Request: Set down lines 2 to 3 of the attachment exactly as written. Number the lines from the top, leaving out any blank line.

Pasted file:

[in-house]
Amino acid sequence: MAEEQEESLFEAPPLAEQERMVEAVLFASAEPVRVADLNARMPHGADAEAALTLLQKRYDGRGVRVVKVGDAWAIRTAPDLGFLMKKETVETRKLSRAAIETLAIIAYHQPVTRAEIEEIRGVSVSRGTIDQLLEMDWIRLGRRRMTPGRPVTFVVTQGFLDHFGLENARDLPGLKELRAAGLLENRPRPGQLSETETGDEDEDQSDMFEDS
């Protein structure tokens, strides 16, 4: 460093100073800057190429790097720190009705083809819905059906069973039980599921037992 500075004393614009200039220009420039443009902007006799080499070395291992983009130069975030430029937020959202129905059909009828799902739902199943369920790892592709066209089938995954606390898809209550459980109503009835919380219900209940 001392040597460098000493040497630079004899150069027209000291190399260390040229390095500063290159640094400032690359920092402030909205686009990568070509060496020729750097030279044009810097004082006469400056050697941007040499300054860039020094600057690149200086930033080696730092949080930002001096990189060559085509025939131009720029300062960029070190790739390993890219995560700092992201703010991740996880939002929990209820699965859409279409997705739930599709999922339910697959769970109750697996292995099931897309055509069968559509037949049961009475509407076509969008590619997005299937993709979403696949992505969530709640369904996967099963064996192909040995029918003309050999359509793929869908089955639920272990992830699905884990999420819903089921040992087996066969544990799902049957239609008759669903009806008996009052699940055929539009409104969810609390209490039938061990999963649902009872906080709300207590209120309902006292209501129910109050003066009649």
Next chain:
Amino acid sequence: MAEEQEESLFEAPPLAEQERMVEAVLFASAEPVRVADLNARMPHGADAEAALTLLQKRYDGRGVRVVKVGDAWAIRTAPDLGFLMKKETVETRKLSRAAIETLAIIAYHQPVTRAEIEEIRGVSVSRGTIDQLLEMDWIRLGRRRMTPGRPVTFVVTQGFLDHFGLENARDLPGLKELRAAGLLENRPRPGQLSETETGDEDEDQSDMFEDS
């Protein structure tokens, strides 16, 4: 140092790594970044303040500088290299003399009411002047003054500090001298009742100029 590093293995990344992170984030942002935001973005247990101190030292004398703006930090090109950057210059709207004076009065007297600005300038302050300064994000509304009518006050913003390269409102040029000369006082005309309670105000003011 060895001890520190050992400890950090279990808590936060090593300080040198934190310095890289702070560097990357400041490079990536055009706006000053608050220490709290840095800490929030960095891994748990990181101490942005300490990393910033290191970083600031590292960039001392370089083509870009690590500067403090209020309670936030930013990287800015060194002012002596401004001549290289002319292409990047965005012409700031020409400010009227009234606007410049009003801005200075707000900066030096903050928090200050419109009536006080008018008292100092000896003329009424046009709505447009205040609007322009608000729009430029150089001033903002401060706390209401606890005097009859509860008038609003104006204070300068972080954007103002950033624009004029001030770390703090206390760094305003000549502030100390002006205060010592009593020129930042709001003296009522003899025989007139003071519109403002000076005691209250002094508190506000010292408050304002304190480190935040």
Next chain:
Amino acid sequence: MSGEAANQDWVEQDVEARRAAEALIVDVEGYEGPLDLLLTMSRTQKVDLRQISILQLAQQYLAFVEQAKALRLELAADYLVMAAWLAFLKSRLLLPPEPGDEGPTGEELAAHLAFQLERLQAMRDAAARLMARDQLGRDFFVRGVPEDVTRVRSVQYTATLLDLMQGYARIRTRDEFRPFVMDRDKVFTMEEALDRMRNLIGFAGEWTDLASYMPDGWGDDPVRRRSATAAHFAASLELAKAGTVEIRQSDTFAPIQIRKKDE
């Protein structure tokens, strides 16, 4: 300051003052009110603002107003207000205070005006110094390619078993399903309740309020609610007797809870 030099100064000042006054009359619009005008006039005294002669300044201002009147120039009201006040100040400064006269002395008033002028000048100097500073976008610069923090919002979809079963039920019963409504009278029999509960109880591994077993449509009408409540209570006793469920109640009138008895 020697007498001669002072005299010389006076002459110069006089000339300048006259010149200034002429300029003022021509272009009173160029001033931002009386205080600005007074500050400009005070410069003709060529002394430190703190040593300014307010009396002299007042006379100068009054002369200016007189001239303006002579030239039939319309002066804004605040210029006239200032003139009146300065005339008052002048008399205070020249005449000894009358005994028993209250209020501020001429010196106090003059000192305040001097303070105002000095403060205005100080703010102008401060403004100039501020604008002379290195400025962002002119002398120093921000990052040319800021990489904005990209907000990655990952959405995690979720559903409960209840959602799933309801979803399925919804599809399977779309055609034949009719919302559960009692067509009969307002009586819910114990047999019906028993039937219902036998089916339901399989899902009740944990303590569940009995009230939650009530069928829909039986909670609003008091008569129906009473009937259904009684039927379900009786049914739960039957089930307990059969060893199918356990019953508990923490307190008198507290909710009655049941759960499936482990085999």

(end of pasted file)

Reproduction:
Amino acid sequence: MAEEQEESLFEAPPLAEQERMVEAVLFASAEPVRVADLNARMPHGADAEAALTLLQKRYDGRGVRVVKVGDAWAIRTAPDLGFLMKKETVETRKLSRAAIETLAIIAYHQPVTRAEIEEIRGVSVSRGTIDQLLEMDWIRLGRRRMTPGRPVTFVVTQGFLDHFGLENARDLPGLKELRAAGLLENRPRPGQLSETETGDEDEDQSDMFEDS
């Protein structure tokens, strides 16, 4: 460093100073800057190429790097720190009705083809819905059906069973039980599921037992 500075004393614009200039220009420039443009902007006799080499070395291992983009130069975030430029937020959202129905059909009828799902739902199943369920790892592709066209089938995954606390898809209550459980109503009835919380219900209940 001392040597460098000493040497630079004899150069027209000291190399260390040229390095500063290159640094400032690359920092402030909205686009990568070509060496020729750097030279044009810097004082006469400056050697941007040499300054860039020094600057690149200086930033080696730092949080930002001096990189060559085509025939131009720029300062960029070190790739390993890219995560700092992201703010991740996880939002929990209820699965859409279409997705739930599709999922339910697959769970109750697996292995099931897309055509069968559509037949049961009475509407076509969008590619997005299937993709979403696949992505969530709640369904996967099963064996192909040995029918003309050999359509793929869908089955639920272990992830699905884990999420819903089921040992087996066969544990799902049957239609008759669903009806008996009052699940055929539009409104969810609390209490039938061990999963649902009872906080709300207590209120309902006292209501129910109050003066009649």